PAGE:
* Deal could value LeapFrog at up to $10/shr - fund manager
* Mattel, Hasbro likeliest to be interested
* Mattel may have upper hand as it has Fisher Price
* LeapFrog brand, debt-free balance sheet adds to attraction
By Abhishek Takle and Viraj Nair
BANGALORE, Feb 10 LeapFrog Enterprises Inc's disappointing outlook last month battered its shares, making the educational toy maker a potential $650 million target for Mattel Inc or Hasbro Inc , the two largest U.S. toy makers.
Mattel CEO Robert Eckert last week told analysts the M&A landscape in the $22 billion U.S. toy industry was looking more favorable as some competitors struggle, but he warned that his company would stick to its mantra of buying "the right thing at the right time at the right price."
Fund manager Robert Auer, who sold his stake in LeapFrog in the wake of the company's weak outlook, reckons a deal could be on the cards given the bigger companies' history of acquiring rival toy lines.
"You can make the case that LeapFrog can get an offer between $7.50 and $10 a share, depending on how the deal is priced," said Auer, senior portfolio manager at SBAuer Funds, who has bought and sold the stock several times.
An offer at $10 a share would value LeapFrog at $646 million, more than double its current market capitalization.
The company -- founded in 1995 by Michael Wood when he found no products to help his son to read -- has failed to live up to its expectations, and its stock has plummeted from a life high of $47 in 2003, a year after it went public, to below $4.
"If LeapFrog can't turn things around and get the stock price up, it would represent a decent opportunity for both Hasbro and Mattel ... both can buy it pretty easily," said Wedbush Securities analyst Edward Woo.
Woo values LeapFrog at $5 a share, or $323 million, but said the company would likely hold out for an offer of above $6 a share.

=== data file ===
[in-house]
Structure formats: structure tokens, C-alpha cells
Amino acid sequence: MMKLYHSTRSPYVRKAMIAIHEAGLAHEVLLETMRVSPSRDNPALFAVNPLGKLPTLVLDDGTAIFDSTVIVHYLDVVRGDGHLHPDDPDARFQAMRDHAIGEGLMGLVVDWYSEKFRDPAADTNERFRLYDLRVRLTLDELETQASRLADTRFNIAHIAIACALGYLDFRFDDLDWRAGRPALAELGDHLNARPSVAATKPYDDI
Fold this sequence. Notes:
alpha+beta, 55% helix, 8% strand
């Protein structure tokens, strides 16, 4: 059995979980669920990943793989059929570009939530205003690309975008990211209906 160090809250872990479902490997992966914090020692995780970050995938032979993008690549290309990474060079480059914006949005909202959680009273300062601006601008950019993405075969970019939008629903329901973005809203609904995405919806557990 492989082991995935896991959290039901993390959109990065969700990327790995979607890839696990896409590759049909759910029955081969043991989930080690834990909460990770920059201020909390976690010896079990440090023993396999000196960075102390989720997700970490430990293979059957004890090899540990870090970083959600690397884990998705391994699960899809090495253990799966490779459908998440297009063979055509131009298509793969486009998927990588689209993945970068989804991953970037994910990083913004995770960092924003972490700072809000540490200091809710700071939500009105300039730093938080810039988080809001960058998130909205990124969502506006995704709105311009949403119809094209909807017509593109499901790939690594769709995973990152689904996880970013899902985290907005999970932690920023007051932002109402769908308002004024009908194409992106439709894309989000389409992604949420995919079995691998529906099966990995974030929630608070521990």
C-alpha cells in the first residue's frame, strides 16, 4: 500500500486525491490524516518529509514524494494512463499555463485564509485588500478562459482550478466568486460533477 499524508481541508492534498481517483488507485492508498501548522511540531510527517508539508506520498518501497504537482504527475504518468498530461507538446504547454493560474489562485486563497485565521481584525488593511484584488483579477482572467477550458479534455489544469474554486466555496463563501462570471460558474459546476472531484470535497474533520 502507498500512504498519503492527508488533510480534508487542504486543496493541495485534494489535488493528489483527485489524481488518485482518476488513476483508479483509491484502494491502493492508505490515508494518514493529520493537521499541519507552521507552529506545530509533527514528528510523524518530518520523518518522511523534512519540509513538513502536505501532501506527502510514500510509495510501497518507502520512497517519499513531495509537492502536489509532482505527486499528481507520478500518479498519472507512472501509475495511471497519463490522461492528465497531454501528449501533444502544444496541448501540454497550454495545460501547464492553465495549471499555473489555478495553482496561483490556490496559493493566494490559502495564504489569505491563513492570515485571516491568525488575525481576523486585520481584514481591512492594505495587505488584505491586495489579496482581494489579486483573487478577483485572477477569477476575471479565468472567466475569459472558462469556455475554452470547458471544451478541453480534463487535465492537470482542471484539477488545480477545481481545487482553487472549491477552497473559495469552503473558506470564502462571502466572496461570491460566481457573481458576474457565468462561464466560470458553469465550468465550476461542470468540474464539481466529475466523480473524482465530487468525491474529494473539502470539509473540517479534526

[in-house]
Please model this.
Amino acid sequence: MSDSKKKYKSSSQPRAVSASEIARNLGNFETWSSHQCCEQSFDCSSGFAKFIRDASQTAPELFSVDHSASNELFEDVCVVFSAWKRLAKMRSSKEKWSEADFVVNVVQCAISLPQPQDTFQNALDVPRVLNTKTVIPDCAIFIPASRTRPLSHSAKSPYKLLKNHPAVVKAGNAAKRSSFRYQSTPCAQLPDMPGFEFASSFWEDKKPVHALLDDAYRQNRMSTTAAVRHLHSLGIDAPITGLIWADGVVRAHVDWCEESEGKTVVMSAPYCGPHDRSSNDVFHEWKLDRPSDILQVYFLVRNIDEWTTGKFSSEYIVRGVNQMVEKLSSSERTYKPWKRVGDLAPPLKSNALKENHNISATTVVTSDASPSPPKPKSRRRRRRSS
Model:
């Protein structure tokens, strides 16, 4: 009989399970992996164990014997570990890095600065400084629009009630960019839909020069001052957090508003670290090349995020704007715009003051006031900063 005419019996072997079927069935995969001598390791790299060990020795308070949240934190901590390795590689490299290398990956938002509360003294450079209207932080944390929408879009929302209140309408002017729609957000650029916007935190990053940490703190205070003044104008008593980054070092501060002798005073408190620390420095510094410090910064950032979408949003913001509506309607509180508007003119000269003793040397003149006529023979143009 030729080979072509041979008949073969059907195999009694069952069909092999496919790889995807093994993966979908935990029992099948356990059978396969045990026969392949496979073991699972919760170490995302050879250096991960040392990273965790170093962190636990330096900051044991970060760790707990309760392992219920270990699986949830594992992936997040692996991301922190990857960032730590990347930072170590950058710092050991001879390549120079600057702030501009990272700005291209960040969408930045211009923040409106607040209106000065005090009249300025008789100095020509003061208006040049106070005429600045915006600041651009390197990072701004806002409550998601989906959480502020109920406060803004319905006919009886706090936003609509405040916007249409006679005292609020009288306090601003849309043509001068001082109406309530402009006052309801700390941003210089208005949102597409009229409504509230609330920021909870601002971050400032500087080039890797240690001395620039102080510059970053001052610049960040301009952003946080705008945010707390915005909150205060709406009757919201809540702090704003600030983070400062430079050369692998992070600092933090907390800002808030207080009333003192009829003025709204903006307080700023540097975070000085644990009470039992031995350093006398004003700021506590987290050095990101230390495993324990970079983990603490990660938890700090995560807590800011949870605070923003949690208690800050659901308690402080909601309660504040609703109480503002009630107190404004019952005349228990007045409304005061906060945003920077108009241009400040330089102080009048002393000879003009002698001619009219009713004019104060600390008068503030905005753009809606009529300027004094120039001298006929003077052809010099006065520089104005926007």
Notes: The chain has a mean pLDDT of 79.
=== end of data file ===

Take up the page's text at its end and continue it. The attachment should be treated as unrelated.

LeapFrog trades at 0.62 times on a price-to-sales basis, at a discount to both Mattel and Hasbro, which trade at about 1.55 times.
The company expects its sales to grow 13-14 percent in fiscal 2010, whereas sales of educational toys fell 6 percent to $1.3 billion last year, according to market researcher NPD Group.
LeapFrog declined to comment, saying it is in its 'quiet period' ahead of reporting earnings later on Thursday. Hasbro and Mattel did not respond to requests seeking comment for this article.
FISHER PRICE PLAYMATE?
LeapFrog is one of the dominant players in the educational toys arena and its Leapster Explorer, a handheld gaming device that doubles as an e-reader, was hailed as one of the top toy picks for 2010.
"LeapFrog is a very strong brand, they don't have any debt and have a clear runway of growth ahead. These factors would probably appeal to another toy company," said Imperial Capital LLC's Lee Giordano.
Mattel, the maker of Barbie and Hot Wheels toys, is seen a likelier bidder as it already owns Fisher Price, bought in 1993, which makes toys for infants and children, including the popular Thomas and Friends line.
Mattel had more than $1.28 billion in cash and equivalents at end-2010. Hasbro, known for its Transformers and G.I. Joe toy lines, had around $728 million.
"Mattel will be the more likely bidder because they're stronger in the pre-school category ... there would be great synergies with Fisher Price," said Woo.
"It's not just the money, it's also the time and attention. Hasbro wants to focus on big brands ... and LeapFrog doesn't necessarily do that," added Woo.
"It doesn't bring superior intellectual property ... characters like Transformers and G.I. Joe."
(Reporting by Abhishek Takle and Viraj Nair in Bangalore) (Editing by Ian Geoghegan)